A different angle

My two year old has four cavities. Wendy Wisner, IBCLC and staff writer at Scary Mommy assures me that toddler cavities don’t make me a bad mother–really, but boy do I feel like a bad mother.

Just a few nights ago while brushing George’s teeth at a different angle, the evening light poured into his mouth spotlighting the brownish hue that discolors his top molars. Upon further investigation, I knew the prognosis wouldn’t be good. Anxiety fell upon me anticipating what kind of dental procedures my sweet little guy might have to endure.

Moreover, I was incredulous.

“B-b-but he’s breastfed!” my mind stammered.

The notion that breastfeeding made us untouchable was whisked away in that moment.

Yes, there are dental health benefits to breastfeeding. It encourages children’s mouths to develop properly. The mechanism of breastfeeding, where the nipple extends beyond the teeth, is different from the act of bottle-feeding where the contents pool and slosh over the teeth leaving children at risk for decay. Breastfeeding exposes babies to the flavors ingested by the mother, making it likely that they will accept a wider variety of complementary foods (assuming the breastfeeder or milk provider has a healthy, varied diet). Broccoli and bok choy are of course more mouth-friendly than donuts and potato chips. Breastmilk even contains lactoferrin, a component that kills strep mutans (the bacteria that causes tooth decay).

Because I revered breastfeeding as The Magic Elixir, I became less diligent in keeping up with George’s good dental hygiene. Rushed mornings shuffling my other little ones off to school distracted from thoroughly flossing and brushing his teeth. Our self-inflicted, fast-paced lifestyle lead to too many sugary yogurt tubes, raisin boxes and granola bars hurled into the back of the van for George to consume on the run.

My avoidance of fluoride entirely, because I’d worried (and still worry) about exposing my family to the compound,  likely left George’s teeth compromised too. My sentiment can partly be explained by earlier, collaborative Our Milky Way blog posts parts one and two about the danger of  invoking “natural” in health messaging.  

All of the above paired with his groove-y, tightly spaced chompers made the perfect environment for tooth decay.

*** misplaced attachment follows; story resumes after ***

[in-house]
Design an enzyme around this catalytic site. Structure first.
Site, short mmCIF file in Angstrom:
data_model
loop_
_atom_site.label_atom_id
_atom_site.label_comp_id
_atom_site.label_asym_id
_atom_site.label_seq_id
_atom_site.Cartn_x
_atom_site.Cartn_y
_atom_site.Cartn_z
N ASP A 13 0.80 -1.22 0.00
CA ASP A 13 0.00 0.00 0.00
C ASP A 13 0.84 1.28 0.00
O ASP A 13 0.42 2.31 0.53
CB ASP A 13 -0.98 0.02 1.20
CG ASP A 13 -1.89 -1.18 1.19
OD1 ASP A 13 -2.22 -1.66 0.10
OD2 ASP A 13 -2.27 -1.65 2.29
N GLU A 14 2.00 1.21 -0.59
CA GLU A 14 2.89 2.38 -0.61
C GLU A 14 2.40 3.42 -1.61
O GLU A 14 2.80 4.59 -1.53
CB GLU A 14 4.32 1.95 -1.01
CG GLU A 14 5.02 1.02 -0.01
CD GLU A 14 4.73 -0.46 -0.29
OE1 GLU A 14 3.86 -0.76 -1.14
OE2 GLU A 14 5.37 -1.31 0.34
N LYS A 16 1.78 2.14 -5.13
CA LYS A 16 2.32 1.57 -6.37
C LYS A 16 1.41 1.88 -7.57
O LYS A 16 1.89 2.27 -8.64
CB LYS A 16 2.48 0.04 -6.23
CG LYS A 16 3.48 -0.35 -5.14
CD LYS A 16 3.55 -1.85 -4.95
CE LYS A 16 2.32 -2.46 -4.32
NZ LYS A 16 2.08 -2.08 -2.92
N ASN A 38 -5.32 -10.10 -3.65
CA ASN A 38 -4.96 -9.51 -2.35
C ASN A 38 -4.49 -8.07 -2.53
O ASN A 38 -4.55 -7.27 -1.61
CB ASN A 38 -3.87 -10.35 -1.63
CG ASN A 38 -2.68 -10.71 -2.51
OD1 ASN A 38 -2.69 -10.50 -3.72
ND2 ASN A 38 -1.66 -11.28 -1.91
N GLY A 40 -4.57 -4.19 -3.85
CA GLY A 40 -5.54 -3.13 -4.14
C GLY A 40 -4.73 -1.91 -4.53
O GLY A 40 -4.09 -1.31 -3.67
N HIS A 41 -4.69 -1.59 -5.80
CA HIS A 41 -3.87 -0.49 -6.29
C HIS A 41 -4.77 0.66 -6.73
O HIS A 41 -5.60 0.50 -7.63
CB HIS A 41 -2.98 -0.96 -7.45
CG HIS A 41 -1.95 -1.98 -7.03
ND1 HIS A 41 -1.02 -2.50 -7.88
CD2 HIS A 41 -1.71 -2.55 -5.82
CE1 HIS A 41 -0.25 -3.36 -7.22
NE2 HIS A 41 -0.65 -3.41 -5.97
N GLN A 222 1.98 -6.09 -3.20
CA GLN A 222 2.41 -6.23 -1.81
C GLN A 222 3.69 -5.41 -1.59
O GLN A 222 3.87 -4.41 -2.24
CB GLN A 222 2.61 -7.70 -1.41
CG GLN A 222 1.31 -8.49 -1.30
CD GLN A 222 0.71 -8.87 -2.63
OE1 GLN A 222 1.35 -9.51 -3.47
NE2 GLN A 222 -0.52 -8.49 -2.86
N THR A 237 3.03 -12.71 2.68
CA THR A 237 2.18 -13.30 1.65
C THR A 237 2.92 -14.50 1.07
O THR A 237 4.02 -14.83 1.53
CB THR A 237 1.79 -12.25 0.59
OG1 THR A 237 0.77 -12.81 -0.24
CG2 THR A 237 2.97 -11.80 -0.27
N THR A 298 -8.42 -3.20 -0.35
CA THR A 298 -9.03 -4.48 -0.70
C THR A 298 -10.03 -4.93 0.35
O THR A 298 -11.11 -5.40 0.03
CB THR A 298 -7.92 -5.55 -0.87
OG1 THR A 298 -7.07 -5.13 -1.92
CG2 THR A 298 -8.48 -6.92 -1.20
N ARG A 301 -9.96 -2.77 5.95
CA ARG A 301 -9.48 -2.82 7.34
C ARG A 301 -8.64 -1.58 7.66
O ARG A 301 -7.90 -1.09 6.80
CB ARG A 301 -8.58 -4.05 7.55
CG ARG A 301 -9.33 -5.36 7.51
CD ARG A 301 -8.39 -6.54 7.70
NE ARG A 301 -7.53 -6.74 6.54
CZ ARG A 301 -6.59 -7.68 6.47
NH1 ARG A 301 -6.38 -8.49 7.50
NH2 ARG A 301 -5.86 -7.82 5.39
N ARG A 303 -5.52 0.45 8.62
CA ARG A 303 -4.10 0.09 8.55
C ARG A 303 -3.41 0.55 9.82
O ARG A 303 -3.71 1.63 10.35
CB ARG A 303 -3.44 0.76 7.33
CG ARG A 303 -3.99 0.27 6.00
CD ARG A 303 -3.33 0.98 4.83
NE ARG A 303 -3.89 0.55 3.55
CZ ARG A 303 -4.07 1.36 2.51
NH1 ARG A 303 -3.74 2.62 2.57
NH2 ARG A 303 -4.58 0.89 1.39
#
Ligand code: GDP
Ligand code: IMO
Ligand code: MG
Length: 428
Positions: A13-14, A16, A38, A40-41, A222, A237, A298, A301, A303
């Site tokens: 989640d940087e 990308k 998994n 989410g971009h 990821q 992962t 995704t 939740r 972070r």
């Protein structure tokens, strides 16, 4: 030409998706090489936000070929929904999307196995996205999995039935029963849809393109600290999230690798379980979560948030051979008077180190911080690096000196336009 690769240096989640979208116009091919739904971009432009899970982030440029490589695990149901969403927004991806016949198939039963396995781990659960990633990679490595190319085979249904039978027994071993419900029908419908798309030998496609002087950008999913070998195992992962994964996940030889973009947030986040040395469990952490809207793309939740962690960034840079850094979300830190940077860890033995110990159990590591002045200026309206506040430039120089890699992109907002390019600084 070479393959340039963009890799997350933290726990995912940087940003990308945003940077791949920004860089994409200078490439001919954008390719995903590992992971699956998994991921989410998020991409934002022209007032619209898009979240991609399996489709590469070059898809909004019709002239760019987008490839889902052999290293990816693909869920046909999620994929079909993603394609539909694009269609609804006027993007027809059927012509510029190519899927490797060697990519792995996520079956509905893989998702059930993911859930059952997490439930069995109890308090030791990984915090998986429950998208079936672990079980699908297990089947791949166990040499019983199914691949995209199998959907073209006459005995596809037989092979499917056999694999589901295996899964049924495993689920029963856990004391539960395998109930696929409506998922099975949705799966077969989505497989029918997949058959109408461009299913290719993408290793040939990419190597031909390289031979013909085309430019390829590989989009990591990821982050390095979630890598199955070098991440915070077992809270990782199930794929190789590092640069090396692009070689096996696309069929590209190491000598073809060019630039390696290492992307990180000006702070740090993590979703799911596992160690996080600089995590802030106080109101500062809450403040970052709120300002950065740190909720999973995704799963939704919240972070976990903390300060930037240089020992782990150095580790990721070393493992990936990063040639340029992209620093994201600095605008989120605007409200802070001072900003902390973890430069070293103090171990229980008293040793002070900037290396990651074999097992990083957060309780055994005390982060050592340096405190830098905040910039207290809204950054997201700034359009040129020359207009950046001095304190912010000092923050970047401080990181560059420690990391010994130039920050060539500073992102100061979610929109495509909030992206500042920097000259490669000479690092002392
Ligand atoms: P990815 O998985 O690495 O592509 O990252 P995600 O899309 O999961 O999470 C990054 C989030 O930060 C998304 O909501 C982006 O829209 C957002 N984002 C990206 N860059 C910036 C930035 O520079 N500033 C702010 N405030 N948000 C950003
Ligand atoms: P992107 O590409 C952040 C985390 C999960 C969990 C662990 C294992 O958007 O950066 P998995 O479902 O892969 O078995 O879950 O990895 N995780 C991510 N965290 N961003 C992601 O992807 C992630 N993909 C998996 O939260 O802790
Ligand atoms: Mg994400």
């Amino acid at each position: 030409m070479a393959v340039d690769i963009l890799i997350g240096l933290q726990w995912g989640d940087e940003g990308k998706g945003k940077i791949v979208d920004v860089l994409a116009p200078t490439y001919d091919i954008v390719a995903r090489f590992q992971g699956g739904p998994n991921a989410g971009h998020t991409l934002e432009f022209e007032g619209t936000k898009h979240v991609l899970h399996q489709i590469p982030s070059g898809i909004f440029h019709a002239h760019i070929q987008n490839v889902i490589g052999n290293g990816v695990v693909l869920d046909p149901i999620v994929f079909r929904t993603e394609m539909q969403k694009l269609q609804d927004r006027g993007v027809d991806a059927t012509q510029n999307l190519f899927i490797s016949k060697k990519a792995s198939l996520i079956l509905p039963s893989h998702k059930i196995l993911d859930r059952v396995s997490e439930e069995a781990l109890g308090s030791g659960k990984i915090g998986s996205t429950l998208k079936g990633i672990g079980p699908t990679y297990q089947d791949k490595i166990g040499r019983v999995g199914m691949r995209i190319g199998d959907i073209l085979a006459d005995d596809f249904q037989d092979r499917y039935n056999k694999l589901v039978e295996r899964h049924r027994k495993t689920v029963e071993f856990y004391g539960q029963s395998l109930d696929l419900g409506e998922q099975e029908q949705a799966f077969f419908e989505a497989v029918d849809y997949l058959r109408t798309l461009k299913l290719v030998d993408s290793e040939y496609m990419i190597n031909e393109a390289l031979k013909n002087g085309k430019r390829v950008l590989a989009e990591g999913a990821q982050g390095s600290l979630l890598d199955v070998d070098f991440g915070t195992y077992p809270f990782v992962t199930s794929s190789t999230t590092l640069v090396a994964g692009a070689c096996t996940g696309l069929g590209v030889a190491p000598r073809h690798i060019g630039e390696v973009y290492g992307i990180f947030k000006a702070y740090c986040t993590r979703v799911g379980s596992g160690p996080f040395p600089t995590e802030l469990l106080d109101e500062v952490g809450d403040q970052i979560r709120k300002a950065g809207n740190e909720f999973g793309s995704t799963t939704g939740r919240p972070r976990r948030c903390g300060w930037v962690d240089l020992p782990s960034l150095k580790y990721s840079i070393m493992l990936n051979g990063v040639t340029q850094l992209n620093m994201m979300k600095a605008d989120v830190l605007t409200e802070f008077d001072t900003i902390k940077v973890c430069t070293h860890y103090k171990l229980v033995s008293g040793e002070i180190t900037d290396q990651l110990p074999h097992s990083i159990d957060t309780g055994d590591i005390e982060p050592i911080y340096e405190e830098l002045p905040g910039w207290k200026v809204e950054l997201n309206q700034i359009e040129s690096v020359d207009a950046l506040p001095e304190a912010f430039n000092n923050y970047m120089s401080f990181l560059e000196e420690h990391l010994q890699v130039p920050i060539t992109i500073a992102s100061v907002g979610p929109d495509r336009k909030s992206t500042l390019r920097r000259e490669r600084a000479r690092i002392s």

Naturally, I had a lot of questions about what was to come. Mainly, after reading this study which found that prolonged breastfeeding increases the risk of having dental caries, could we keep nursing? Human milk alone does not cause dental caries, but with defects in the enamel, teeth are vulnerable and the protective effect of breastmilk is not enough to counteract the combined effect of the bacteria and the sugars in the milk. [https://kellymom.com/ages/older-infant/tooth-decay/]

At two-and-a-half, George only nurses once to fall asleep at night, but it’s very effective, and I wasn’t sure if I or he could give that up.

We had a phenomenal experience with the pediatric dentist. She was patient, calm, friendly and informative.

When I asked her about continuing to breastfeed at night, she squirmed and sighed in apprehension.

She said this: “Every seminar I attend, they tell me how bad nighttime nursing is for teeth. Leaving anything on the teeth overnight is not good. But, I know that nursing is a really special thing. I nursed all of my children passed three years. So, it’s a decision you’ll have to make, knowing that it is risky.”

I was satisfied. I knew George and I would have to tweak our nursing schedule, but we didn’t need to stop entirely.

So that night after his bath, I explained to him that we couldn’t have milk in bed, but that I was willing to nurse him before we flossed and brushed his teeth. He accepted and nursed for a few seconds on each side.

When we crawled into bed, he scooted himself under his airplane sheets, nuzzled onto my chest and hooked his little hands around my neck. My heart swelled. Having battled nursing aversion for longer than I haven’t, this closeness felt so different compared to the feeling of needing to flick him off of me. I was present in that moment versus seeking refuge, scrolling through my phone to distract myself from the discomfort.

Surely toddler cavities are not ideal, but this encounter helped evolve our breastfeeding relationship for the better.

Be proactive about your children’s dental health. Check out the CDC’s Children Oral Health page for basic information.

UNICEF offers a collection of baby-friendly research on dental health here.

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